When it was first made, the bronze serpent was raised high, that the people might turn, and look towards God, and find salvation and healing. But over time, the serpent itself became the focus of veneration and prayer. People forgot that, like all holy objects, it was only a symbol, a gesture, towards something else. They gave their hope, their faith, their loyalty to the thing, instead of the greater reality the thing pointed towards.

Well, what can you do? Ancient people were superstitious and ignorant. It’s not a mistake we sophisticated modern people would make. Is it? …

The Old Testament has a number of wonderful diatribes against idolatry – worshiping false gods. And I tell you, friends, some of those passages ring so true to me. You make a thing and you forget that you have made it! You believe it has power to help you, you trust in it, you LOVE it –  even though it’s made of wood and stone, silicone and plastic – even though it will break, fail, become obsolete, shatter on the sidewalk.

We have bronze snakes of our own, friends. Even in the Episcopal Church. Beloved, hallowed objects and habits, passed down to us from Moses Himself (probably), that were meant to point us towards God – to open a window to the Divine – but become the focus of our attention instead.

The Episcopal Church is currently talking about prayer book revision. This one is forty years old, and there’s some stuff that could be better. I’ve been reading some of the conversations and commentary about it – and the idea of changing the prayer book stirs up so much fear and rage for some people.

And then there’s the Hymnal. We’re planning Easter music right now; I warn Deanna, our music director, about the songs we HAVE TO SING or it won’t really be Easter.I joke about it as if I weren’t subject to the same yearnings – as if I didn’t have my own inner must-sing lists.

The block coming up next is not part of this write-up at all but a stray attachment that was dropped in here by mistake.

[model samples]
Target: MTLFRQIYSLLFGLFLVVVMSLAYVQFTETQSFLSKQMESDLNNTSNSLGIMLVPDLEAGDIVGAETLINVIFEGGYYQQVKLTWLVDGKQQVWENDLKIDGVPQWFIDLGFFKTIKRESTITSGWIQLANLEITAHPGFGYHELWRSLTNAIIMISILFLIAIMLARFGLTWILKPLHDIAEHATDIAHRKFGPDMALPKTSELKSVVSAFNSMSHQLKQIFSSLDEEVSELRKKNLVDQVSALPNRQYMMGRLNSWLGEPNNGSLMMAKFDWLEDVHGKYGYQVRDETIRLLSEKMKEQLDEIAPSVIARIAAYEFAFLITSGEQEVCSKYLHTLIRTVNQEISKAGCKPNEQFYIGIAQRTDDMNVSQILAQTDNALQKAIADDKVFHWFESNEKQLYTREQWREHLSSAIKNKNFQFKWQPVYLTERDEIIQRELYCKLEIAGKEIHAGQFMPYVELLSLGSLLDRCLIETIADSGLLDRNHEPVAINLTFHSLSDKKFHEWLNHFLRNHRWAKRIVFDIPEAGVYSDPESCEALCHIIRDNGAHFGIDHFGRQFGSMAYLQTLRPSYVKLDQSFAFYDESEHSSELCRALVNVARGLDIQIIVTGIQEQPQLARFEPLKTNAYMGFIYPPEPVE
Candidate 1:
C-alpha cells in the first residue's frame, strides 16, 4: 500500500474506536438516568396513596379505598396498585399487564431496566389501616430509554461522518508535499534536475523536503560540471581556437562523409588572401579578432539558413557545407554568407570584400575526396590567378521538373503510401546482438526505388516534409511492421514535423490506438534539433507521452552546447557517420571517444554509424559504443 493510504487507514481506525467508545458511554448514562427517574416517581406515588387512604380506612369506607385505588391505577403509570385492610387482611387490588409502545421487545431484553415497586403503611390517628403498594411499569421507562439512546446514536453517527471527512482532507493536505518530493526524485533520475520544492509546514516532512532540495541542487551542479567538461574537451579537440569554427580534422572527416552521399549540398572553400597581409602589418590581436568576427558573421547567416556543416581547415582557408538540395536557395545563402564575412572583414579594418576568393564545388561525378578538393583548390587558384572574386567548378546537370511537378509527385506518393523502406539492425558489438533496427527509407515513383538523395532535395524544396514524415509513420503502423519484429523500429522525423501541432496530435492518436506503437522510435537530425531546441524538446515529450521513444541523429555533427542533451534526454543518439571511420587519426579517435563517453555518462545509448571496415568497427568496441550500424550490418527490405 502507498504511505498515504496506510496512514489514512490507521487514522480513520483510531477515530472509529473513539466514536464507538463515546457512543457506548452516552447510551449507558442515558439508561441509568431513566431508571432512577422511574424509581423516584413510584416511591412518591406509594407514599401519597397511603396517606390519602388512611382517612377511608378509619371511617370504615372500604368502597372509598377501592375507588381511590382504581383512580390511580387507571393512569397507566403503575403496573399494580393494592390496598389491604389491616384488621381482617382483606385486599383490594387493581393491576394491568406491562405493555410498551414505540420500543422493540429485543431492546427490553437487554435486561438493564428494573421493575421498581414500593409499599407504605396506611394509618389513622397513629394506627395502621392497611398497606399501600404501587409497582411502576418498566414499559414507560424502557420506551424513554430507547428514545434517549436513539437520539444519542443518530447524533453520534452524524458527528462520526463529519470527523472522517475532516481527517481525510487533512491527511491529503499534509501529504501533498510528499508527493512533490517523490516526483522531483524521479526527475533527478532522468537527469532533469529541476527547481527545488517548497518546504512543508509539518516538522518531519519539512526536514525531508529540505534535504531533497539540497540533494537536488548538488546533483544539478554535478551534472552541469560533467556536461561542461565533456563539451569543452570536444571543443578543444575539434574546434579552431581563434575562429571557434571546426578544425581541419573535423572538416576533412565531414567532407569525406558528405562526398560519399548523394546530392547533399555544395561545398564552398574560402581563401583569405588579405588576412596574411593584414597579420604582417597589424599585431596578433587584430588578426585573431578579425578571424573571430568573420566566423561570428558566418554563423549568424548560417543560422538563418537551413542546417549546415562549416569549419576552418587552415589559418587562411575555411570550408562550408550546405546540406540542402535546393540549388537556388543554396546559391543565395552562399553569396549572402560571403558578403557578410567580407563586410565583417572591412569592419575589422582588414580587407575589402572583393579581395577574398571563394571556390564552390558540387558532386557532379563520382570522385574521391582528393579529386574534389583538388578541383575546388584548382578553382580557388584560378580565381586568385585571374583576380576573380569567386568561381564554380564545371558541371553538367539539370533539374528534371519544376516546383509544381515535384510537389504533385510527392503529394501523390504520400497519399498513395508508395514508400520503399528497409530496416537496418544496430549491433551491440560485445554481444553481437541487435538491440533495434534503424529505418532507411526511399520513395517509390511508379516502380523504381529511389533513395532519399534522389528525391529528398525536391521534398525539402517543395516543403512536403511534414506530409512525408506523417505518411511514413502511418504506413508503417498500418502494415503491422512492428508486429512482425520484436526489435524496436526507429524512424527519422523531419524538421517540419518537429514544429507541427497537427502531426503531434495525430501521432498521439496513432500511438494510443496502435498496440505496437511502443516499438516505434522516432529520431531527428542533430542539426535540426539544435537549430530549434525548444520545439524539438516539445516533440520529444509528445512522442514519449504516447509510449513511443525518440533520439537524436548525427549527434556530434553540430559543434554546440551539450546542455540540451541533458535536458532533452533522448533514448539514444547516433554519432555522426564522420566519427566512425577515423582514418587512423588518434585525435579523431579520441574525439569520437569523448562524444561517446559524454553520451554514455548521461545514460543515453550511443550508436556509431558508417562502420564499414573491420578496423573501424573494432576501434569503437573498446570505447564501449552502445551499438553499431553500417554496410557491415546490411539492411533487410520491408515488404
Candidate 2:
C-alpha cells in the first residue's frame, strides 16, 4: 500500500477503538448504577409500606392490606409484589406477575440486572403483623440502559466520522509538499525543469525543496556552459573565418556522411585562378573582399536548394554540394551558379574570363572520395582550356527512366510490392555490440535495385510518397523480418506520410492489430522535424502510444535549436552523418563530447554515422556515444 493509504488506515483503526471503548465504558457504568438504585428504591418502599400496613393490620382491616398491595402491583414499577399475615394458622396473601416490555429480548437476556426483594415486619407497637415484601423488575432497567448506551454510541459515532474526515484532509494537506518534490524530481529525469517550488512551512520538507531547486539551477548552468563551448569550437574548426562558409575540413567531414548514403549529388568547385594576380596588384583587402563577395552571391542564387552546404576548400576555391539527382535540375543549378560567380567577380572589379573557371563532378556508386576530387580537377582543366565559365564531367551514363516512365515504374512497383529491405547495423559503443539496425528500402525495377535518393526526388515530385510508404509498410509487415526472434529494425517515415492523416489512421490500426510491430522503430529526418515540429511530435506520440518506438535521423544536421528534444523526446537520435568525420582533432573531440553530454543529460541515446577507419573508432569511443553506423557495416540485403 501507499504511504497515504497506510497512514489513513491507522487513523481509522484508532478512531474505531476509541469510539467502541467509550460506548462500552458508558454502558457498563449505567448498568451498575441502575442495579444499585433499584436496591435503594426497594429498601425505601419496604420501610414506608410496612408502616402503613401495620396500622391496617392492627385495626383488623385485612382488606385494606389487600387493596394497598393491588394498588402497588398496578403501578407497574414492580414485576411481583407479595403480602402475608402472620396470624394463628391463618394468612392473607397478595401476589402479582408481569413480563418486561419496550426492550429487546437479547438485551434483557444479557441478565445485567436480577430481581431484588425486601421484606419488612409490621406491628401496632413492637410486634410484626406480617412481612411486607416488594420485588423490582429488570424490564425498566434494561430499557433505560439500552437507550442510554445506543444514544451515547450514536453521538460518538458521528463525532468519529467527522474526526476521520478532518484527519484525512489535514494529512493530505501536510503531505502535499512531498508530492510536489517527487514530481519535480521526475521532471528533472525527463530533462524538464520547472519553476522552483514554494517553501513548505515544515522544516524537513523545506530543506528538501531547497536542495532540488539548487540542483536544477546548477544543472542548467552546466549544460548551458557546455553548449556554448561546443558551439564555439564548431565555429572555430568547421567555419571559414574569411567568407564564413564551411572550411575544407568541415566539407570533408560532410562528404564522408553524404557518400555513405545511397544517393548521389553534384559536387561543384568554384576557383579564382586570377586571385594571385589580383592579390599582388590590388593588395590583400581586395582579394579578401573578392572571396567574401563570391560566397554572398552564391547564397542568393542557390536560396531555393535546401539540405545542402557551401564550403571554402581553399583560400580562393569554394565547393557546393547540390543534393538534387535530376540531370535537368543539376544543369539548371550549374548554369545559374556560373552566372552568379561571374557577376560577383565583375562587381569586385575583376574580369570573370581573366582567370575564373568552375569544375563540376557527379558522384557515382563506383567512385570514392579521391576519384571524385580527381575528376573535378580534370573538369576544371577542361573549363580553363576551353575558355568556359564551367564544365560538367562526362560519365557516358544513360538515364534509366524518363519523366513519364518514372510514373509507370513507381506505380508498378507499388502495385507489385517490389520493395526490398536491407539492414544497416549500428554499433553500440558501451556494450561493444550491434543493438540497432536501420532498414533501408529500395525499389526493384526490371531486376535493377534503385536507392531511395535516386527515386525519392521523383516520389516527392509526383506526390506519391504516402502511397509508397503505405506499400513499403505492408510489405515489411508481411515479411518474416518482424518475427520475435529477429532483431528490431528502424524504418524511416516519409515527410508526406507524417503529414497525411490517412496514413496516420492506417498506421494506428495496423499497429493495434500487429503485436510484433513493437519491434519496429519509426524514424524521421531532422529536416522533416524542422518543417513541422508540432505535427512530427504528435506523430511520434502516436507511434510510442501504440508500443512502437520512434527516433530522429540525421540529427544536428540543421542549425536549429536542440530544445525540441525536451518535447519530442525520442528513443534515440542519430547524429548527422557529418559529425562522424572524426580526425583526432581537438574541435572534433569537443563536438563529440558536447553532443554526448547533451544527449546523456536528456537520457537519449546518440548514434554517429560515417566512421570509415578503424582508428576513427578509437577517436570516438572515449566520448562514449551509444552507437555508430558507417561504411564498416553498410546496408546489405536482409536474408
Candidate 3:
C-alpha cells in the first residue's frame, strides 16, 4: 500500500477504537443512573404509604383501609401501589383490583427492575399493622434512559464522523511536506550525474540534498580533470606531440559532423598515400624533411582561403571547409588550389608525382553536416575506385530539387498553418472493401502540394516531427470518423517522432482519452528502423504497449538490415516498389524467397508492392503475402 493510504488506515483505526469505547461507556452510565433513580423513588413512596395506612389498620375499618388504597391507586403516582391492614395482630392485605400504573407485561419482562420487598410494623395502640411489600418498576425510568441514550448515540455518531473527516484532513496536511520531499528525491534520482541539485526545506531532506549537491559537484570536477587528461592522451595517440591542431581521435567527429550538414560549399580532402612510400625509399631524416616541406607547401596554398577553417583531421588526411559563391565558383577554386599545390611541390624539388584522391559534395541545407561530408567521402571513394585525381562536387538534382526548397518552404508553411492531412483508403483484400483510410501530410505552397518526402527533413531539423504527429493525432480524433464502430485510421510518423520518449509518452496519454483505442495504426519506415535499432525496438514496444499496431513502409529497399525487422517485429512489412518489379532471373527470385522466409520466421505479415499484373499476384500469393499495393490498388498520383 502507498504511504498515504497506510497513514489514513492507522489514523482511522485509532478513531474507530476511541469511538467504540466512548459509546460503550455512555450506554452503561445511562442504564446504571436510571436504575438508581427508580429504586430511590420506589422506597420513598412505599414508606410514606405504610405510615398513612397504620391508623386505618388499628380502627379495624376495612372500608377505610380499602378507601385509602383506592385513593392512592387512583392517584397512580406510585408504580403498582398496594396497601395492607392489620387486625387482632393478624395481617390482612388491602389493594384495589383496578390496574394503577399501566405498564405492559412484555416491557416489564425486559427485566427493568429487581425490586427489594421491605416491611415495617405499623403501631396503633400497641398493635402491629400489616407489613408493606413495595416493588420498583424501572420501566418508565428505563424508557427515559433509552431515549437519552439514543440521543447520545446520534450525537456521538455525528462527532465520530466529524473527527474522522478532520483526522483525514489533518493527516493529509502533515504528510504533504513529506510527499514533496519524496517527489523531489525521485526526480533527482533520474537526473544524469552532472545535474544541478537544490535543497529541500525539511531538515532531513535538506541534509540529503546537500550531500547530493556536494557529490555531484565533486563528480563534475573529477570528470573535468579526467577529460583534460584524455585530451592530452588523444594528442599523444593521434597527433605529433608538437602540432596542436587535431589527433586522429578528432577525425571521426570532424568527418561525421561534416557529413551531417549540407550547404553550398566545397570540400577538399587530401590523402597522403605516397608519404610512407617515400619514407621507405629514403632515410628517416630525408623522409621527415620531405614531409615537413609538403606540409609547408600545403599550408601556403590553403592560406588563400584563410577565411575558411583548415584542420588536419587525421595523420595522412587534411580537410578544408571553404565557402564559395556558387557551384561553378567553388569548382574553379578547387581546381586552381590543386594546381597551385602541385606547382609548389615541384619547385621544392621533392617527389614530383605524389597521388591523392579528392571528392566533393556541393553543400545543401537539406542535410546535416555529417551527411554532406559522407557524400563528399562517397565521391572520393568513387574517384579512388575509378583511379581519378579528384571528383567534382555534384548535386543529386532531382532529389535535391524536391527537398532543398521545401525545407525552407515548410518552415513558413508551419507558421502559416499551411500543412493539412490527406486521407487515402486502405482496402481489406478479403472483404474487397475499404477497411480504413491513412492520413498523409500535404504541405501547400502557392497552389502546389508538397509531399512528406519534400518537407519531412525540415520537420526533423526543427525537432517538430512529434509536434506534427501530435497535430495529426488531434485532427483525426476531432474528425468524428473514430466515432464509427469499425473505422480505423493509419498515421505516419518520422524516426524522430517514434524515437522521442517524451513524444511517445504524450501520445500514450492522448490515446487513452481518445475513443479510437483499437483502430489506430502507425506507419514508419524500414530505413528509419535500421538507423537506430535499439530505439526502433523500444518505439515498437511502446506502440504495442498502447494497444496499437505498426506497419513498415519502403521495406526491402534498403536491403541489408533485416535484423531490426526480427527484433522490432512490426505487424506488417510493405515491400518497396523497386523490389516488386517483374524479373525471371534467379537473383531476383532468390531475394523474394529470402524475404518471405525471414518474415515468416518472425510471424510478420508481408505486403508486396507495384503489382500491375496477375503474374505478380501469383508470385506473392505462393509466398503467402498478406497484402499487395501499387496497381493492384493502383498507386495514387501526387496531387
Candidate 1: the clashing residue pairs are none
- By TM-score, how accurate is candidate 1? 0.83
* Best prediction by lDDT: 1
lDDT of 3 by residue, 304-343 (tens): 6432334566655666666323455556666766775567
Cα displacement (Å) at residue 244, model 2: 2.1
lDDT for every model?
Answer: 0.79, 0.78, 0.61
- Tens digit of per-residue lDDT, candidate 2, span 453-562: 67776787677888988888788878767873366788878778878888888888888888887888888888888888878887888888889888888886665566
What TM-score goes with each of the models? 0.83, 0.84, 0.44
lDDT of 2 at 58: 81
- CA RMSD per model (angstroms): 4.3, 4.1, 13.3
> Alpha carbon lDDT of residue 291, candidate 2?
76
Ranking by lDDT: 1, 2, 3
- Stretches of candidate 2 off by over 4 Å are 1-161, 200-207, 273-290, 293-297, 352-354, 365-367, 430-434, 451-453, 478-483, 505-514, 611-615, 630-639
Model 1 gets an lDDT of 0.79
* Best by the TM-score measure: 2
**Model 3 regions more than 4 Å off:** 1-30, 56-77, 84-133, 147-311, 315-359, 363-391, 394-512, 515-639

People visiting St. Dunstan’s say, now and then, Oh, do you ever worship in the round, with an altar in the middle? And I say, Oh, that would be nice, I really like the theology of worship in the round, but our high altar is so beautiful; people would really miss it if we weren’t using it…

This is one of the many things Jesus is trying to tell Nicodemus:

The tools God gave the people to show the way, to help, heal, guide – the Law and the Prophets, the covenants and the codes – they’ve become ends in themselves, rather than means to an end.

As humans, we seem prone to let the thing become as important – more important – than what it points to. And suddenly we’re burning incense to a metal snake. Anytime we put more emphasis on preserving customs, traditions, things, than on praising, thanking, loving, seeking God. Even the Bible itself is supposed to lead us to what’s beyond it. To be the map, not the territory. The door, not the palace.

We’ve turned the corner in the season of Lent, friends. The Sunday after next is Palm Sunday – when we turn our attention to the Cross, and to Jesus raised upon it. It’s a good moment to think about our bronze snakes – those things to which we cling, because they seem familiar, and concrete, and safe. Those things to which we look for life, rather than looking towards the God who is the Source of life.

As we look towards the Cross, in the weeks ahead, may our eyes not linger there too long, but look beyond, to the gracious mystery towards which it points, the God who is our hope and our healing.  Amen.